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39,000 strong petition presented to Parliament

39,000 strong petition presented to Parliament in memory of Constable Matthew Hunt

Taonga honouring 33 police officers killed in the line of duty presented to Hon Mark Mitchell MP and Hon Poto Williams MP. (Source: Supplied)

The mother of slain police officer Constable Matthew Hunt, Diane Hunt, presented a 39,000 strong petition to Members of Parliament (MPs) in Wellington today.
MPs gathered on the steps of Parliament’s forecourt to receive the petition from Diane and hear her recount the events of her son’s death and her plea for a change in sentencing laws for those guilty of murdering police officers.

28 year old Constable Hunt was shot and killed while carrying out a routine traffic stop in West Auckland in June. He had been a police officer – fulfilling his life-long dream – for only two and half years.

On 30 July, on what would have been Constable Hunt’s 29th birthday, Diane Hunt launched a petition in honour of her son and the 32 other New Zealand police officers who have been killed in the line of duty.

The petition calls for the Sentencing Act 2002 and the Parole Act 2002 to be amended so individuals convicted of murdering a police officer receive a mandatory life sentence and have their parole eligibility automatically declined.

Between its launch and close, 39,286 New Zealanders signed the petition.

“The reason for my petition is simple: Matthew’s death is a sobering reminder of the daily sacrifice our police officers make to ensure we can continue to live our lives in the manner in which we are accustomed: that should we need them, they will come,” Ms Hunt says.

“Any attack on a Police officer in the line of duty is an act against the badge, not the individual.

“I believe the laws as they currently stand do not adequately condemn such acts against our police, especially those that result in death.

“33 police officers have been killed in the line of duty in New Zealand, beginning with Constable Neil McLeod in 1890 and most recently with the death of my son, Matthew.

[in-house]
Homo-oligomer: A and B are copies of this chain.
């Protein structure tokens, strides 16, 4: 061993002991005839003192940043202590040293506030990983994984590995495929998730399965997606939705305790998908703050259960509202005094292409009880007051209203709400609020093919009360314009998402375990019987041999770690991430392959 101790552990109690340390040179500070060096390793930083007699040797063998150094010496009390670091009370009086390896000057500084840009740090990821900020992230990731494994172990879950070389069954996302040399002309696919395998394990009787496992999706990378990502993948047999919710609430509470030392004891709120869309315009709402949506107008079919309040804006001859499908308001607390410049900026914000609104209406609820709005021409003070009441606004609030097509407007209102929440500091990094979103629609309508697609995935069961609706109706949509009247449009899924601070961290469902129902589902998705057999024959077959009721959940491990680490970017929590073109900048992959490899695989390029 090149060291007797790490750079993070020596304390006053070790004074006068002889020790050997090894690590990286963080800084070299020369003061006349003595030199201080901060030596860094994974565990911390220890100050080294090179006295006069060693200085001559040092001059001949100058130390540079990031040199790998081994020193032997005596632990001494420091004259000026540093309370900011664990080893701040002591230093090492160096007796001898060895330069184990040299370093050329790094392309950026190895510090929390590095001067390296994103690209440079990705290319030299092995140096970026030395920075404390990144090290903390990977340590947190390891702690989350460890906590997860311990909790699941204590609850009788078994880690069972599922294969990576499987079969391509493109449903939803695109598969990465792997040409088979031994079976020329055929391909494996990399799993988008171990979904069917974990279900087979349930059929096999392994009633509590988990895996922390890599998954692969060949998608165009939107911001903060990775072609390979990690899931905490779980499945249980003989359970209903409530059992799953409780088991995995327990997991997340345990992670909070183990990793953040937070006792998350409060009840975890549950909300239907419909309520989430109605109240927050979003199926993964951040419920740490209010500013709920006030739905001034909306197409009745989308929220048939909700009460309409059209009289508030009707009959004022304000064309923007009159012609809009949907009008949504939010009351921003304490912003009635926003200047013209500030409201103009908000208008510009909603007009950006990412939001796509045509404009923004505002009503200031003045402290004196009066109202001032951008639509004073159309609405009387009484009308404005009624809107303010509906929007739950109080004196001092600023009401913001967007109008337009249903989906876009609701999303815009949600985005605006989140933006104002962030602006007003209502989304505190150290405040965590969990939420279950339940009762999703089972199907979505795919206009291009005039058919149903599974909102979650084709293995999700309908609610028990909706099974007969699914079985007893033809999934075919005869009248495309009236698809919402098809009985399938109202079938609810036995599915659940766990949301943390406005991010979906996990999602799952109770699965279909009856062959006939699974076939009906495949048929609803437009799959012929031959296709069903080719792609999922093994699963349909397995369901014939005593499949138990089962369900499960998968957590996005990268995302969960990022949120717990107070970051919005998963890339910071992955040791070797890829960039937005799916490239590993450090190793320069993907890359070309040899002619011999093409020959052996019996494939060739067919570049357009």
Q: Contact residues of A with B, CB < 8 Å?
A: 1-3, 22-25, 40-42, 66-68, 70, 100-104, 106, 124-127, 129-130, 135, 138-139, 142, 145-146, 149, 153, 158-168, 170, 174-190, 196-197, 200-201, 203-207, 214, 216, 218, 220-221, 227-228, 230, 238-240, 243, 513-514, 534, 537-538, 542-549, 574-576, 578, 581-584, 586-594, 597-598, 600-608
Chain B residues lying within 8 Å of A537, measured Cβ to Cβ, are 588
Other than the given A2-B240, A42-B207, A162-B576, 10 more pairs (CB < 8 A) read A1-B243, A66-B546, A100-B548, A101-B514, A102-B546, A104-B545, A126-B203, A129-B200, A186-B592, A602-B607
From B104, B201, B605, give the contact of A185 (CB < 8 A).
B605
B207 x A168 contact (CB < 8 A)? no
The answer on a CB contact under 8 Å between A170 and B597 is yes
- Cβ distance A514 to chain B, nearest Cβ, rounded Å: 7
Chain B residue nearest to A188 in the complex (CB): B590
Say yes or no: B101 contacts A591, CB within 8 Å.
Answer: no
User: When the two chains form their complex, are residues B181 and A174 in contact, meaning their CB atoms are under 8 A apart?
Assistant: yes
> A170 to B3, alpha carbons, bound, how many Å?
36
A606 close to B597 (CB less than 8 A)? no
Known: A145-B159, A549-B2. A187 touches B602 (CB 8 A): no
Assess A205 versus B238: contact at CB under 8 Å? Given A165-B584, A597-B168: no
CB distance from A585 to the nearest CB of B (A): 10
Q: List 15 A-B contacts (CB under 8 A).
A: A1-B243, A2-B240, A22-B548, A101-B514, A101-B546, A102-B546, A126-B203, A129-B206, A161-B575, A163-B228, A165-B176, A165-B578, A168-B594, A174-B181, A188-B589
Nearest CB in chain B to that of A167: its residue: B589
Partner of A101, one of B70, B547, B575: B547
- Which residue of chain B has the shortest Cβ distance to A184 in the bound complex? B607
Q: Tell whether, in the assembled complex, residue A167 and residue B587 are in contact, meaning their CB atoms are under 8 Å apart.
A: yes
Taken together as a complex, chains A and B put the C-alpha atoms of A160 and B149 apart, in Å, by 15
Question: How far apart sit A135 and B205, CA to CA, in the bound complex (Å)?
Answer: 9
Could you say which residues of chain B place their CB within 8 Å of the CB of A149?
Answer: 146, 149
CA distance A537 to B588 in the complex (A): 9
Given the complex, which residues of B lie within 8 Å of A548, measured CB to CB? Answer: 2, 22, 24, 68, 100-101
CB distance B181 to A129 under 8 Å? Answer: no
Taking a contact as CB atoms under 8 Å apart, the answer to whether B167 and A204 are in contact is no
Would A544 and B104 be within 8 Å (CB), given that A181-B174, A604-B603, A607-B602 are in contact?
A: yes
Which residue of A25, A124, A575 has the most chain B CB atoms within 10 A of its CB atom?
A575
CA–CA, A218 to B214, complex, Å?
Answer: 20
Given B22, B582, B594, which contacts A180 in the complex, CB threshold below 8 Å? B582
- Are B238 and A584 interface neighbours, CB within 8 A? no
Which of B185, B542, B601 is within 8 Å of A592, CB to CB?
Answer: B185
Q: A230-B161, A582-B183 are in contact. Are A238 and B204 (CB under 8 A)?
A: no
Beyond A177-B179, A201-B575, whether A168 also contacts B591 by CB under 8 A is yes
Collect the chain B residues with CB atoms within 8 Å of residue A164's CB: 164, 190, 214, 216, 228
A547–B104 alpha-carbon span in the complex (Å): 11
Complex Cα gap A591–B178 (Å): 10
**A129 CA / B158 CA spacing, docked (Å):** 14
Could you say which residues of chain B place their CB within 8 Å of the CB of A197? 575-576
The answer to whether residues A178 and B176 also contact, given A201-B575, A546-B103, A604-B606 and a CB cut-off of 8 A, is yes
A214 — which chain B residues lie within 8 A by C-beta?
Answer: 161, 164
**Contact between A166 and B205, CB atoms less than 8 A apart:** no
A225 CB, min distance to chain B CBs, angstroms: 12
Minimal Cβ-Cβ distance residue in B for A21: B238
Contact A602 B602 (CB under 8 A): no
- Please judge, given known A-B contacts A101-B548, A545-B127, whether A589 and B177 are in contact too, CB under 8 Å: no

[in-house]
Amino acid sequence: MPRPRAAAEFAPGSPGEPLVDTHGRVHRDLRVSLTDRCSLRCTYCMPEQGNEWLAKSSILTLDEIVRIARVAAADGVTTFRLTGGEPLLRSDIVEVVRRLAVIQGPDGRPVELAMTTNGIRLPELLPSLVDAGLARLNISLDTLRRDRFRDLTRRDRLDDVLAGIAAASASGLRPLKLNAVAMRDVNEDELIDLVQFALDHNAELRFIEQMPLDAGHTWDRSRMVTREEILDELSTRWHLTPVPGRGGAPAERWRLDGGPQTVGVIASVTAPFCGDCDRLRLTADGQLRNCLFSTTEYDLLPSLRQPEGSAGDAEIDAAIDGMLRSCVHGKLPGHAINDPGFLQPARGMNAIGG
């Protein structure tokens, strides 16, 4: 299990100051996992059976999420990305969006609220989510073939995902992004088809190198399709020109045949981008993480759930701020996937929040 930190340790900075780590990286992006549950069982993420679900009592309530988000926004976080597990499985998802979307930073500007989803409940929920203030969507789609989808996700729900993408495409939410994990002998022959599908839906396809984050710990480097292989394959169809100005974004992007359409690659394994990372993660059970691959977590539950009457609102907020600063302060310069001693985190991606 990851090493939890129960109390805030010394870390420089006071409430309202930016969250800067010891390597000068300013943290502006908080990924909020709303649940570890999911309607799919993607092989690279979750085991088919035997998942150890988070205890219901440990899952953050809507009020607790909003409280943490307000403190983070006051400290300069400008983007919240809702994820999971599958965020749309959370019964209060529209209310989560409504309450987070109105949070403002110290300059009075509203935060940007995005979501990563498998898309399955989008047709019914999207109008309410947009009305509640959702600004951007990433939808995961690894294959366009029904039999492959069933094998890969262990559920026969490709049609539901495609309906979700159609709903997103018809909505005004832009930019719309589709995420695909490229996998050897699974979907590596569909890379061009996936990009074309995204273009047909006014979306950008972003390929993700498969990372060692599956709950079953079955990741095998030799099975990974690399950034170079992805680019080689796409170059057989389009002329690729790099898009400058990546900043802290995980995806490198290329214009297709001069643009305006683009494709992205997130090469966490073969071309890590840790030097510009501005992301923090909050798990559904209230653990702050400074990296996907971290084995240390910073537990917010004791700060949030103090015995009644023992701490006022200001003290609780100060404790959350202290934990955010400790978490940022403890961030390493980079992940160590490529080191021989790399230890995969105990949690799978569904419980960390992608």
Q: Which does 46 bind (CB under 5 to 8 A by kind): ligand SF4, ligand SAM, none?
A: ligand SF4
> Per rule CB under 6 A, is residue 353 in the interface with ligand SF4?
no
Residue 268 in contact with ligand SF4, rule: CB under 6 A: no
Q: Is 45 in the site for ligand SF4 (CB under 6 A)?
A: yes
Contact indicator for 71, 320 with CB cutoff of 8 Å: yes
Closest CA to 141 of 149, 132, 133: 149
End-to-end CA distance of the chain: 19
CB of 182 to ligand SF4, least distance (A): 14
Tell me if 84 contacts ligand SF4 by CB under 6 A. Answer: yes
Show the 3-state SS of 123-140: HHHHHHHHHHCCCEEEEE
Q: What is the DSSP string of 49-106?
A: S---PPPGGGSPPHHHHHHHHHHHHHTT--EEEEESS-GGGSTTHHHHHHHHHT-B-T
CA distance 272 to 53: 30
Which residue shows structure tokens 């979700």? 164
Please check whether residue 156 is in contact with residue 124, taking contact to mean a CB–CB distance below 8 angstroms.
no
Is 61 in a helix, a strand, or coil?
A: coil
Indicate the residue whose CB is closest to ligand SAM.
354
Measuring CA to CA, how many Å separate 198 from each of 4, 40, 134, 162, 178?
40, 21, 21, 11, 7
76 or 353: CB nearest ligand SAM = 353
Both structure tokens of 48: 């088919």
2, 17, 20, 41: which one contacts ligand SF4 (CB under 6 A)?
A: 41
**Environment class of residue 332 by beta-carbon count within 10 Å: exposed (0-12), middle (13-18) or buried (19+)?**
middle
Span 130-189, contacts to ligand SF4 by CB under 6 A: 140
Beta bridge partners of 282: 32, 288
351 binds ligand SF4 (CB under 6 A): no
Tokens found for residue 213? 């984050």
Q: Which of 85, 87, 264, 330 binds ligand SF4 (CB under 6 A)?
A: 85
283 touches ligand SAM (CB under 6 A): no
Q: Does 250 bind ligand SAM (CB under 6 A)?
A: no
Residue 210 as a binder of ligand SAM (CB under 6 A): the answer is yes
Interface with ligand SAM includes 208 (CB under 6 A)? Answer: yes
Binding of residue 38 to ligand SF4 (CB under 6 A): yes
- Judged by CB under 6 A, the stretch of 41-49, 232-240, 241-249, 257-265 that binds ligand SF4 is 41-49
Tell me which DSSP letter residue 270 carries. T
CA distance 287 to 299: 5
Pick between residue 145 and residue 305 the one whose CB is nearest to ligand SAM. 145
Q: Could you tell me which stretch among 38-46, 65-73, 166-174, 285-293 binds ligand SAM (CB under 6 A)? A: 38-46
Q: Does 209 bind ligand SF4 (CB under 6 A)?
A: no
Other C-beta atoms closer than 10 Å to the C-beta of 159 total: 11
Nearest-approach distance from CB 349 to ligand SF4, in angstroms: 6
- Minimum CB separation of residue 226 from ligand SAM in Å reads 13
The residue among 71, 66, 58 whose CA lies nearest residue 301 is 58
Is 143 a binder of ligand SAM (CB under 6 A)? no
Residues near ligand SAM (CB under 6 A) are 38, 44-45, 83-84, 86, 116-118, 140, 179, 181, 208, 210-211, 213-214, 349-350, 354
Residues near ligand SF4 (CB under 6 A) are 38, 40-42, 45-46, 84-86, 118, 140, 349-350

“Our laws should reflect community expectations: if you kill a police officer in this country - those who protect and serve us - you will receive a mandatory sentence of life in prison with no parole,” Ms Hunt says.

With the rate of gun-related crime increasing in New Zealand, and police attending more situations involving firearms, Diane Hunt believes the amendments would send a clear message that pulling a firearm on a police officer will not be tolerated. Currently those convicted of murder are eligible for parole after 10 years in prison, or when their court-imposed minimum non-parole period ends.

“Matthew’s death will not be in vain. I continue to advocate in his name for sentencing and parole law reform, and improve conditions for the New Zealand Police,” concludes Ms Hunt.

The Hunt family commissioned a taonga in honour of the 33 police officers who have been killed in the line of duty. The taonga is a bespoke emblem, which has been printed and framed.

Diane handed this over to Members of Parliament as part of the petition presentation today, asking them to use it as a reminder of each and every one of the 33 lives that have been lost in service, and ensure their memories are imbued through the Select Committee process.

Two images are attached with this media release for use.

© Scoop Media

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